— Disaster aid at an impasse over Puerto Rico: A partisan standoff has erupted over the disaster funding bill covering much of the United States, sparked by Trump’s opposition to more disaster funding for Puerto Rico. And the tension threatens to doom legislation that’s up for a Senate vote on Monday, The Post’s Erica Werner and Jeff Stein report. The impasse could delay indefinitely a bill providing more than $13 billion in critical recovery funds after California’s wildfires, Hawaii’s volcanic eruptions, hurricanes in the South and flooding in the Midwest.
The details: Democrats are against the Republican bill, “contending that the $600 million it contains for Puerto Rico’s food stamp program ignores broader needs on the island. They are accusing Trump and the GOP of indifference toward Puerto Rico as the territory continues a nearly two-year recovery from Hurricane Maria, arguing the Trump administration has been slow to make funding available.” Meanwhile, Republicans have accused Democrats of grandstanding over Puerto Rico.
— “Breaches everywhere”: Meanwhile in the Midwest, hundreds of miles of levees have been breached and overtopped following severe flooding in the Midwest, leaving Nebraska, Iowa, Missouri and other states without critical protection. And the aging levee system in general has left questions about what to do in the future. “And with the fear of more floods in the coming years — and perhaps even the coming weeks — many people said living and farming near the water might not be viable much longer without major changes” the New York Times reports.
— Amphibian apocalypse is twice as bad as scientists thought: A deadly fungal disease called chytridiomycosis has contributed to declines in more than 500 amphibian species, with 90 species thought to have gone extinct because of it, according to a landmark study published last week in the journal Science.
“Populations in tropical Australia, Central and South America seem to be hardest hit, though populations in Africa, Europe and North America are also affected. According to this accounting, the epidemic has caused the worst loss of biodiversity of any disease ever recorded,” Jason Bittel writes for The Post. By comparison, the relatively well-known West Nile virus affects just 23 bird species.
Man it’s a hot one: Some areas in Alaska saw the earliest 70-degree reading on record in March, with more temperature records expected to be broken during the weekend. “Since the beginning of the month, Alaska has seen 55 tied or broken record daily highs through March 23, according to National Oceanic And Atmospheric Administration,” CNN reports. “March will be the 29th month since January 2013 to rank in the warmest 10% since 1925, while only one month -- April 2013 -- in this time period is in the coldest 10%.”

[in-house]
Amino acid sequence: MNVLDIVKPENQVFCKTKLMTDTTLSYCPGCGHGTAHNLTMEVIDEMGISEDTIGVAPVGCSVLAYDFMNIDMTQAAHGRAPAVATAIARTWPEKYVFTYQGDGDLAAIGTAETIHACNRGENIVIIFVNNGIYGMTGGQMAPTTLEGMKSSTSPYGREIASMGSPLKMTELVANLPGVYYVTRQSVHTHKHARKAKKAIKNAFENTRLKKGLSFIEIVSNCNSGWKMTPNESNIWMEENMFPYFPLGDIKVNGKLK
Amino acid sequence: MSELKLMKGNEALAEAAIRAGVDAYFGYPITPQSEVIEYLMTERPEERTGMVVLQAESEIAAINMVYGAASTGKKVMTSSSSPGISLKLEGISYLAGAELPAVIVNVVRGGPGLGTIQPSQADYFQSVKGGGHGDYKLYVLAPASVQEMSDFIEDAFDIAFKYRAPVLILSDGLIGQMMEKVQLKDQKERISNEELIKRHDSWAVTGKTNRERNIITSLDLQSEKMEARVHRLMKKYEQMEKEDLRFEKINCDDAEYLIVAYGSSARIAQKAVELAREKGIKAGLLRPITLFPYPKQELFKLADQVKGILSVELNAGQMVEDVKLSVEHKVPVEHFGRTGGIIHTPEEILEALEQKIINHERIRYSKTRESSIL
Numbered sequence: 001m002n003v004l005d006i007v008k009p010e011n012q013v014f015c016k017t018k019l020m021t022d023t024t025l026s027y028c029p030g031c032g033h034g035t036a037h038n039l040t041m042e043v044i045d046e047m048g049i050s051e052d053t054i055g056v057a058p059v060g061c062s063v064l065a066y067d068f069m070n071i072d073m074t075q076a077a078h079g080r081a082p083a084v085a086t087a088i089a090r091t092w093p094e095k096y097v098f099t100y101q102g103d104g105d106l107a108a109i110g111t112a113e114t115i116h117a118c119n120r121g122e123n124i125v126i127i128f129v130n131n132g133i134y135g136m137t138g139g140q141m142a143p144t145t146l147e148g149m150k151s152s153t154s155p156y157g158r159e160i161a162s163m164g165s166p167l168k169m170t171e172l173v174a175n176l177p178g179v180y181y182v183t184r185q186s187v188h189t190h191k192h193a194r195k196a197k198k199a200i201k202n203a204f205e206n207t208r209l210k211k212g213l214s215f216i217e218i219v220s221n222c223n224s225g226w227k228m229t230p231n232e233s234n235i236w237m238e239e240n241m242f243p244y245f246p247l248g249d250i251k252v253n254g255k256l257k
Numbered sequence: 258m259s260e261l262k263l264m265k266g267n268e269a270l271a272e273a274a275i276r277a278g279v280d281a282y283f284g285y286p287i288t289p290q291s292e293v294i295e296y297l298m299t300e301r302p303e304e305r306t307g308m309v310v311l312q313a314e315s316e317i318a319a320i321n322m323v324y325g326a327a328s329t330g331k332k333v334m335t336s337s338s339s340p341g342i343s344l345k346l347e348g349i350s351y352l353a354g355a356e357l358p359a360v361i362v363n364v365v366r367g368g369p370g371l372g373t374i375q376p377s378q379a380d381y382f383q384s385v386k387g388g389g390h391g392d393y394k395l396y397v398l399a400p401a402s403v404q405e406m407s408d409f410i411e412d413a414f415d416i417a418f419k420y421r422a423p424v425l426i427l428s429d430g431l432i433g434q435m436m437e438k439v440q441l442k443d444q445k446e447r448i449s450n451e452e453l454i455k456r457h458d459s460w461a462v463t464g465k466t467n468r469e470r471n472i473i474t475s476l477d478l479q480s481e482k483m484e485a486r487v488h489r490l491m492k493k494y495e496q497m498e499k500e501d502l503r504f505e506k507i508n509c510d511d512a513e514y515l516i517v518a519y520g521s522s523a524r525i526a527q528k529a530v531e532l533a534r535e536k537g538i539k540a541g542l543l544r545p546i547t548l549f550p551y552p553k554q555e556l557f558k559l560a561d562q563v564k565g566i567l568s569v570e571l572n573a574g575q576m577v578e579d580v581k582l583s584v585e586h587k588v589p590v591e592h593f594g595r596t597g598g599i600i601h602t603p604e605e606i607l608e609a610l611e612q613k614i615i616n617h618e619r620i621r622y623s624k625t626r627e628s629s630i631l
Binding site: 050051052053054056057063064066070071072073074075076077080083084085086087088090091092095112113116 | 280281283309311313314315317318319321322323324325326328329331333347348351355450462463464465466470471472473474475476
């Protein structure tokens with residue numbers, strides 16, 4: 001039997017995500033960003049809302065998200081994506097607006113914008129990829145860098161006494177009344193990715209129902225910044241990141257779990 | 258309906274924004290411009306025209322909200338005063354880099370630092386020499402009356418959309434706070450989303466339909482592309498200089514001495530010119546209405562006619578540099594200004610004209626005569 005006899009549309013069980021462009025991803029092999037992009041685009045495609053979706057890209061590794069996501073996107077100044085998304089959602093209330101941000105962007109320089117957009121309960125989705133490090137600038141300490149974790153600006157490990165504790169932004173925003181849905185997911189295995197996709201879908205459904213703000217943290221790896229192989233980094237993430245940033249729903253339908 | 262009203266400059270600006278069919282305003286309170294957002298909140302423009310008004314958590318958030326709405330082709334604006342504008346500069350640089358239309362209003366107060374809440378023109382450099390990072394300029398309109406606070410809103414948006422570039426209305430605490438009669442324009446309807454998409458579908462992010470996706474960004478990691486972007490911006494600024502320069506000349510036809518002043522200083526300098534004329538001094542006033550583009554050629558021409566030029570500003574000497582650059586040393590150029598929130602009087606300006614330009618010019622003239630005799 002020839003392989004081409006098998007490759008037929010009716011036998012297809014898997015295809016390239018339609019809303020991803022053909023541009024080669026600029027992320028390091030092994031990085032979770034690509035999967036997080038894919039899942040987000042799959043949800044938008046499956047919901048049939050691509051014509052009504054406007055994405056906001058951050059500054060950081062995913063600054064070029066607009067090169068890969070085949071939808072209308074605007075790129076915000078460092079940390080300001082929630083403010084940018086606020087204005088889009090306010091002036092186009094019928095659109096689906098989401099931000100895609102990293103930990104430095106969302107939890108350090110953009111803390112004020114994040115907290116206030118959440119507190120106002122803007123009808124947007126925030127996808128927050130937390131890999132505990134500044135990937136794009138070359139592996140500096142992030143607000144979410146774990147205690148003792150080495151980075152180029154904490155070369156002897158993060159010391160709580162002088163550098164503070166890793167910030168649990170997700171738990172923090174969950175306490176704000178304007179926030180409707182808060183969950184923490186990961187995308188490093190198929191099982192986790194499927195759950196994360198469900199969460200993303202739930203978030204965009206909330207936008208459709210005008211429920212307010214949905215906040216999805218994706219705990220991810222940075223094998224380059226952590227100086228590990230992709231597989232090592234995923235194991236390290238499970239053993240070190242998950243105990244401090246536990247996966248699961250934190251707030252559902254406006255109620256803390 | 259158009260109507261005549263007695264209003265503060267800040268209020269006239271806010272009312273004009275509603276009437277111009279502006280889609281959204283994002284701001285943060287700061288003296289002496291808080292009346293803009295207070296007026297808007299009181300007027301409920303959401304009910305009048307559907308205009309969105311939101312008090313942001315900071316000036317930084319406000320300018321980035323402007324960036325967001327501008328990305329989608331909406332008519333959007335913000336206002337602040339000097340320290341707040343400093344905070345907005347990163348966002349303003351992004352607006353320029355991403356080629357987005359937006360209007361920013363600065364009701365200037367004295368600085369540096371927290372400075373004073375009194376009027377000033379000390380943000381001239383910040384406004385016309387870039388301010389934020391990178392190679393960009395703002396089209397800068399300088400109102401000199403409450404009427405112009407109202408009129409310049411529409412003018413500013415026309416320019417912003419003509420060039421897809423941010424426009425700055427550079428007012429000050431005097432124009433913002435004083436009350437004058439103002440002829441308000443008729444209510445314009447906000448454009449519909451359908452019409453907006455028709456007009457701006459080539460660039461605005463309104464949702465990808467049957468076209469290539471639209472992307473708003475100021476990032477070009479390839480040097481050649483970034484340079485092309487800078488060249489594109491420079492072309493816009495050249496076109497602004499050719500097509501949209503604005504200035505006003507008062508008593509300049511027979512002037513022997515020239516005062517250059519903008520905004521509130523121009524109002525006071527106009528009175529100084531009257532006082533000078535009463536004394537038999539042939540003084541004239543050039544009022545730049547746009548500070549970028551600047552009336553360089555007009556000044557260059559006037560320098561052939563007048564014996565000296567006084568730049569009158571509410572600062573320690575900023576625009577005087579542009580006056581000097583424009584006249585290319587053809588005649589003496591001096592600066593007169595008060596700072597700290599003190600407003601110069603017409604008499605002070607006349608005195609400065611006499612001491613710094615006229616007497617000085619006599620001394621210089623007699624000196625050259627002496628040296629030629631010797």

— PG&E’s wildfire woes continue: A federal judge wants to block PG&E from making dividend payments to shareholders until it reduces its role in sparking wildfires in California, the Wall Street Journal reports. U.S. district court judge William Alsup, who has overseen the utility’s probation since it was convicted of safety-related violations in 2010, wants the company to meet its goals of trimming trees near power lines.
But experts say this action has little precedent and could have major consequences for other companies put on probation. While judges have previously put companies on probation for safety issues, it’s “extremely unusual for a judge to substantially alter those terms to punish further wrongdoing.”
— Chemical storage site too risky weeks after fire: The chemical storage complex near Houston is still too hazardous for investigators to gain access two weeks after the site erupted in a blaze. “Intercontinental Terminal Co. is still trying to drain millions of gallons of volatile oil byproducts from tanks damaged in the four-day blaze that began on March 17,” Bloomberg News reports. “The ground around the tanks is also saturated in dangerous fluids, severely restricting access to the facility 20 miles east of downtown Houston.” And still, carcinogenic benzene plumes are erupting over the disaster zone and nearby areas, the company says.
- The House Natural Resources Subcommittee on National Parks, Forests and Public Lands holds a legislative hearing on Tuesday.
- The Senate Energy and Natural Resources Committee holds a hearing on the 2020 budget request for the Energy Department on Tuesday.
- The Senate Environment and Public Works Committee holds a hearing on oversight of the Nuclear Regulatory Commission on Tuesday.
- The House Natural Resources Subcommittee on Water, Oceans and Wildlife holds a hearing on the state of Western water infrastructure and innovation on Tuesday.
- The House Natural Resources Subcommittee on Energy and Mineral Resources holds a legislative hearing on Tuesday.
- The House Energy and Commerce Subcommittee on Environment and Climate Change holds a hearing on state and local action to combat climate change on Tuesday.
- The House Appropriations Subcommittee on Interior, Environment and Related Agencies holds a hearing on the EPA budget on Tuesday.
- The House Appropriations Subcommittee on Energy and Water Development and Related Agencies holds a hearing on the budget request for the Department of Energy and National Nuclear Security Administration on Tuesday.
- The Senate Commerce, Science and Transportation Committee holds an executive session on various legislative measures on Wednesday.
- The House Appropriations Subcommittee on Interior, Environment and Related Agencies holds a hearing on the budget for the National Parks Service, Fish and Wildlife Service and U.S. Geological Survey on Wednesday.
- The House Appropriations Subcommittee on Energy and Water Development and Related Agencies holds a hearing on science, energy and environmental management programs on Wednesday.
- The Senate Appropriations Subcommittee on Energy and Water Development holds a hearing on the 2020 budget request for the National Nuclear Security Administration on Wednesday.
- The Senate Appropriations Subcommittee Interior, Environment and Related Agencies holds a hearing on the 2020 EPA budget request on Wednesday.
- The House Appropriations Subcommittee on Interior, Environment and Related Agencies holds a hearing on the Bureau of Land Management, Bureau of Ocean Energy Management, Bureau of Safety and Environmental Enforcement budgets on Thursday.
— For decades, Garfield telephones kept washing ashore in France: Claire Simonin-Le Meur, president of the environmental group Ar Viltansoù, told The Post there was a belief among locals that the phones originated from a shipping container that sunk to the bottom of the ocean, “leaving environmentalists to fear Garfield’s plastic toxicity would continue to pollute the ocean indefinitely,” The Post’s Meagan Flynn reports. This year, she got a tip. When she was on a beach cleaning up debris, a local farmer told her that he had discovered a “cave, tucked into the seaside cliffs, there it was: a metal shipping container — and a cache of Garfield telephones.”